Wednesday, 13 July 2016

How to create a structural-topographic horizon map in GeoTeric?

Office walls of exploration teams frequently feature structural-topographic maps of key horizons: topography of the horizon is encoded into colours – usually using a spectrum or a rainbow colour scale – while faults are indicated by e.g. black or red lines. We’ve been recently asked whether such an image could be produced using GeoTeric.

Although GeoTeric offers a wide range of functionalities with horizons, this is not one of the default ones. We can either set Height values in the Viewing Mode roll-down menu, or chose Data mapped and select a Fault Detect volume, but cannot visualise both at the same time. Fortunately, GeoTeric is flexible enough to allow for a workaround, which only requires a horizon and a Fault Detect volume.

The first step is to create a Time Volume, using Processes & Workflows / Processes / Utilities / Time Volume. The input of the process is the Fault Detect volume (or any other volume of the same size and byte type). For the sake of this blog post let’s call the output TimeVolume#1. This process creates a volume where each voxel has a value that is equal to its two-way travel time or depth.

Figure 1 Use the batch processor to create a time volume.

The next step is to embed the detected faults into the TimeVolume, using Processes & Workflows / Processes / Faults / FaultIn. The highest value of the output volume (e.g. FaultIn#1_TimeVolume) represent voxels where there was a fault detected, while all the other voxel values are equal to the TWT/depth.

Figure 2  Embed the detected faults into the Time Volume.

Now have a look at your horizon. In File / Project Manager / Horizons / select the horizon you wish to visualise, and take a note of its time/depth extrema (2111.49 ms and 2706.96 ms in our case). These values will be used to compress the colour scale of the FaultIn#1_TimeVolume.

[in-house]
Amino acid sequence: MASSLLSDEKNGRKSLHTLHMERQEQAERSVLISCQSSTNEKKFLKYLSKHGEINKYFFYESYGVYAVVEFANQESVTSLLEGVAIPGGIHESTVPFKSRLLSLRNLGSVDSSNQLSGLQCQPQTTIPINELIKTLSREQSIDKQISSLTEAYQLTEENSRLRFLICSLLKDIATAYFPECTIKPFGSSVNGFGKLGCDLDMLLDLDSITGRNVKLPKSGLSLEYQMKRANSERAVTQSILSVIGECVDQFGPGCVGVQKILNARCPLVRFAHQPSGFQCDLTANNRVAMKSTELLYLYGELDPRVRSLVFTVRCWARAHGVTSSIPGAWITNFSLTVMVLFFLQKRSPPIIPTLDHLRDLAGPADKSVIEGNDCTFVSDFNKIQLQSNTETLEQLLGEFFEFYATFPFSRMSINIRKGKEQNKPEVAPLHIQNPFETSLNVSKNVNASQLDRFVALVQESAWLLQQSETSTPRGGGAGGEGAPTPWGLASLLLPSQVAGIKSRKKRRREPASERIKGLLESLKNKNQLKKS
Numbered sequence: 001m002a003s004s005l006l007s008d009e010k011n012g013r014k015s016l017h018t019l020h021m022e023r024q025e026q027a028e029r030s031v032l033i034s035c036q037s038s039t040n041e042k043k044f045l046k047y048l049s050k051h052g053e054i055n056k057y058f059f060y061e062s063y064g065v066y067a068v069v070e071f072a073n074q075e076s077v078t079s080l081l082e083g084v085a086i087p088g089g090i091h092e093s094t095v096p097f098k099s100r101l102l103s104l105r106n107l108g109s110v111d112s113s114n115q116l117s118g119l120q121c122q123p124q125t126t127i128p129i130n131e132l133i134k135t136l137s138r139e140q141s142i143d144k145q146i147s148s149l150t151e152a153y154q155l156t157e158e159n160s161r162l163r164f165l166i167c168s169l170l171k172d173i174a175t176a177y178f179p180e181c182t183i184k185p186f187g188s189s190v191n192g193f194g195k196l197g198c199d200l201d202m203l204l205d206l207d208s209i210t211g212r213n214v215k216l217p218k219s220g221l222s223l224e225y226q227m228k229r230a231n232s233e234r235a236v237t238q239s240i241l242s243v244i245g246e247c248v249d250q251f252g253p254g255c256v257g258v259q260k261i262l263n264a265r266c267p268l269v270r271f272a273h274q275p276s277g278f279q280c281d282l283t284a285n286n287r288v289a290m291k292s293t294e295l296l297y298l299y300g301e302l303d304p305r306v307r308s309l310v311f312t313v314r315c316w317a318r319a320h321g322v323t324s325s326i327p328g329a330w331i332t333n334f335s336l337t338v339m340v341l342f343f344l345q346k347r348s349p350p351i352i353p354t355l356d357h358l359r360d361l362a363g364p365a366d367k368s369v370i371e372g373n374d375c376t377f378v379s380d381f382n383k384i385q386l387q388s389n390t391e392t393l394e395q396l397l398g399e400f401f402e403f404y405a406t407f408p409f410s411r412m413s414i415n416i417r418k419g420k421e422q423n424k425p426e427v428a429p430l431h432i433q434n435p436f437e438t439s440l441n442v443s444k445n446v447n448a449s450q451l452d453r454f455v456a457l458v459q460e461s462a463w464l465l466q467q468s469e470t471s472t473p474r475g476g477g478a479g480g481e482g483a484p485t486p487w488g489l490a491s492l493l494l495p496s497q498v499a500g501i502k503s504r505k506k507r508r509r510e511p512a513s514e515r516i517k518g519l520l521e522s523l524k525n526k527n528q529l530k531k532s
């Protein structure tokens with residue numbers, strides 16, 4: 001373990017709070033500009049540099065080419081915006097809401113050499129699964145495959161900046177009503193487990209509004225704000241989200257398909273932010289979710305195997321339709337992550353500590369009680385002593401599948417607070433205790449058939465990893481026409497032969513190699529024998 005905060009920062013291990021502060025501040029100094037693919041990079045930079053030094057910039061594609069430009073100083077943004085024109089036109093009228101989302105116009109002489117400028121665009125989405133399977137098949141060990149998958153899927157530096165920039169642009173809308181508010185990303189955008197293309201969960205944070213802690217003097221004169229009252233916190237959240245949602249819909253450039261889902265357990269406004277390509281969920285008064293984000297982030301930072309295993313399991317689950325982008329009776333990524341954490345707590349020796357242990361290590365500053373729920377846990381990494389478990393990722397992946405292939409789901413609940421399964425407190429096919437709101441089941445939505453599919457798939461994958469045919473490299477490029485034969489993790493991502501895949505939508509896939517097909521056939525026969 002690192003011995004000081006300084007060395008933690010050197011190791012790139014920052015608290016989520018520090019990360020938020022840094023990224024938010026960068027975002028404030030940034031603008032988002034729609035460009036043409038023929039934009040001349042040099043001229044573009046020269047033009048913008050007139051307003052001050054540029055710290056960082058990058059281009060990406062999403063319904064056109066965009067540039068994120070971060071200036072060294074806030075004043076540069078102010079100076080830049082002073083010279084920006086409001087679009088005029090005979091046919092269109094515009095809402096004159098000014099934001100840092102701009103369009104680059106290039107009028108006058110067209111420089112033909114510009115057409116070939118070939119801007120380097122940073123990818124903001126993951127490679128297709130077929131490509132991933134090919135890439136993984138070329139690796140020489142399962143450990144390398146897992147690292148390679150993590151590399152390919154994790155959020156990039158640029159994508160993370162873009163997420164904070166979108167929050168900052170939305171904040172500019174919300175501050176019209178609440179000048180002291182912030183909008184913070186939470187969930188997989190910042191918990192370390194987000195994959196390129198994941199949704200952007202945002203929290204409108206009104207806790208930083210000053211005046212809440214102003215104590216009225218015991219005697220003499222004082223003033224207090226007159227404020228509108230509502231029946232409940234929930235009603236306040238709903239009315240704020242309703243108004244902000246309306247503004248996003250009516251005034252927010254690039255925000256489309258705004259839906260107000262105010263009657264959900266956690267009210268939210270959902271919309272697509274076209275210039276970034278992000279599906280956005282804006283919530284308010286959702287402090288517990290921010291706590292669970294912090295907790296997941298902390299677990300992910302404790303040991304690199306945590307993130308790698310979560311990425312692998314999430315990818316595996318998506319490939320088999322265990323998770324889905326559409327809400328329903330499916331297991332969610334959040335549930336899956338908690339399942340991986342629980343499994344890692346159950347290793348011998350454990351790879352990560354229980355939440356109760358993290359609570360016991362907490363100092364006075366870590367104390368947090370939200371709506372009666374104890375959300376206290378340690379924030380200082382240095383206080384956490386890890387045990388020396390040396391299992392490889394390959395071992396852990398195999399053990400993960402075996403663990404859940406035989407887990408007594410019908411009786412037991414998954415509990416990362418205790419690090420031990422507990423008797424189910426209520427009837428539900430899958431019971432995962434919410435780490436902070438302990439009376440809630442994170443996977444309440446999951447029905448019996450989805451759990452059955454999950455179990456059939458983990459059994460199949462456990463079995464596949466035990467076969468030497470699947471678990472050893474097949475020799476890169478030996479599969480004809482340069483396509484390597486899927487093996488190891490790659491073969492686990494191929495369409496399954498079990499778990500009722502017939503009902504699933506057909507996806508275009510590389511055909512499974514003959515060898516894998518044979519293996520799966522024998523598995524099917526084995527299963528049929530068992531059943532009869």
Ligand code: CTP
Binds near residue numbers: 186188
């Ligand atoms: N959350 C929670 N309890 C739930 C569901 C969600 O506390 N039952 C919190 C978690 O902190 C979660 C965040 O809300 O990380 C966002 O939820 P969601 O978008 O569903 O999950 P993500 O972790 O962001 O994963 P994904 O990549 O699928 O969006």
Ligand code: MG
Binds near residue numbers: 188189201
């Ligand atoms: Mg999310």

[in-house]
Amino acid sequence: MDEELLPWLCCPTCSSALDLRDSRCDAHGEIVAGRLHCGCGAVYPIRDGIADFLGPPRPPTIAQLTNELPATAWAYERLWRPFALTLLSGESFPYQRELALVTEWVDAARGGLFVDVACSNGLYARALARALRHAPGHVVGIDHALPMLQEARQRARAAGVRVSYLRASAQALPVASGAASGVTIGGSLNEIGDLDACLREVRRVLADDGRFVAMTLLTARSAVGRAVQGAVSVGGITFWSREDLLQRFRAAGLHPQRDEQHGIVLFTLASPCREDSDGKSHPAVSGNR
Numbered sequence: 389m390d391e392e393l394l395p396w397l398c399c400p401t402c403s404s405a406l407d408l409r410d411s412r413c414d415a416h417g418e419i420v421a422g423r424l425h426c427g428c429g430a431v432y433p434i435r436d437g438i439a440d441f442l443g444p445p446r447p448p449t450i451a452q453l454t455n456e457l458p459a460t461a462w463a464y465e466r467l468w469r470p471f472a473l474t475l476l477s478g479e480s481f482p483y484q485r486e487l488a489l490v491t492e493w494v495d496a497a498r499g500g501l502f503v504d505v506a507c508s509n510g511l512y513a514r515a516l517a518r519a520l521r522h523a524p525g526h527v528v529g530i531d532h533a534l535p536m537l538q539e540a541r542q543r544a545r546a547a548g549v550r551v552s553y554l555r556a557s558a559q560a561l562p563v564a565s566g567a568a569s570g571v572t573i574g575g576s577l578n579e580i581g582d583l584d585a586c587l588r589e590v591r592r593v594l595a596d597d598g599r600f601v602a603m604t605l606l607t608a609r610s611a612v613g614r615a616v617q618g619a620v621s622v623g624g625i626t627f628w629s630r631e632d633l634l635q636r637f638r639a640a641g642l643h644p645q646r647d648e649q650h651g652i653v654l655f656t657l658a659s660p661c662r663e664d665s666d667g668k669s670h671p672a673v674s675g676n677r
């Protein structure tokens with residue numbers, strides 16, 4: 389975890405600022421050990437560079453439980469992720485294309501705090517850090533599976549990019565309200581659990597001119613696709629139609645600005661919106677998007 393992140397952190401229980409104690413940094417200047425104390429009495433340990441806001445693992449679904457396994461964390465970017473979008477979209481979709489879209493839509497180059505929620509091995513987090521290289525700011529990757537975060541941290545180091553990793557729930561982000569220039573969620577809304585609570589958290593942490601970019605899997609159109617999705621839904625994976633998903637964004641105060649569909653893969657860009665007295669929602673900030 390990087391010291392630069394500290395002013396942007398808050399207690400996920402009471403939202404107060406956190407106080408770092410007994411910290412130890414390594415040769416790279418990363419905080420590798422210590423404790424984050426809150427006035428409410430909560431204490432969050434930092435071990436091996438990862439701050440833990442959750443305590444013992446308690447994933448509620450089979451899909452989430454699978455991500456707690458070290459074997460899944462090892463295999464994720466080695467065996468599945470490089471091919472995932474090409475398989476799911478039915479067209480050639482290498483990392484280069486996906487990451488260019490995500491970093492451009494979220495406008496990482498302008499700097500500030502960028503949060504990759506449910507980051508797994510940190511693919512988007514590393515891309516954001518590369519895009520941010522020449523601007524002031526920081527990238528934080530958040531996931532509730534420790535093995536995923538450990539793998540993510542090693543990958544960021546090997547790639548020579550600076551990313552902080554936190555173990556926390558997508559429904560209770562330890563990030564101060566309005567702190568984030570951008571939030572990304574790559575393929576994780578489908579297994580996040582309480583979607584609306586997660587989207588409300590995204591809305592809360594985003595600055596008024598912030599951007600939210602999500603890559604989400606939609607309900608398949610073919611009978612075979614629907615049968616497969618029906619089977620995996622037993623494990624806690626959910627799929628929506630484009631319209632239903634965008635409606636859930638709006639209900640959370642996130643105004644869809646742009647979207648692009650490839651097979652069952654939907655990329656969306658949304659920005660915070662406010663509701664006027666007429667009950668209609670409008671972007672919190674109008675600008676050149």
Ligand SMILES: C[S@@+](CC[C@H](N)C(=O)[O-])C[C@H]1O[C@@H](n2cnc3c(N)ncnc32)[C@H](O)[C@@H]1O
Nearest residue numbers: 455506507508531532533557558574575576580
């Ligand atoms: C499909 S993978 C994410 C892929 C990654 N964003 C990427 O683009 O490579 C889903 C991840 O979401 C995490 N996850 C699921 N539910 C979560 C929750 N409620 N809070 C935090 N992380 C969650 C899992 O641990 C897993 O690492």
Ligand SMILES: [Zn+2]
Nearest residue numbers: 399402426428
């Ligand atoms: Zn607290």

Figure 3 The Project Manager (hot key: Ctrl+M) is used to establish the extreme of the horizon.

Let’s visualise this volume and select the Body Spectrum colour map. Move the sliders under the colour map and check the numbers next to the Minimum Value and Maximum Value. In this example the top slider was set to 66.11%, the lower one was set to 51.55%, and the Minimum and Maximum Values are 2707.2 and 2111.0, respectively. We are ready to visualise the horizon.

Figure 4 Compress the colourmap so that it reflects the minimum and maximum time/depth values of the horizon.

Add the horizon to the scene, select Data mapped for the Viewing Mode, choose Volume for the Data Mapping Type and select the FaultIn#1_TimeVolume. It is worth turning Interpolation off. Contours can be activated under Contouring.

Figure 5 Properties window of the horizon.

Figure 6 Topographic map of the horizon with detected faults (black) and contour lines (grey).

In case you find the fault lines too thin, use Processes & Workflows / Processes / Faults / FaultTrends with the Thick option to produce a new fault volume, and embed it into the TimeVolume instead of the FaultDetect volume. All the other steps are the same, but please note, this can result in a “crowded” image if there are many faults.

(Gaynor Paton and Peter Szafian)

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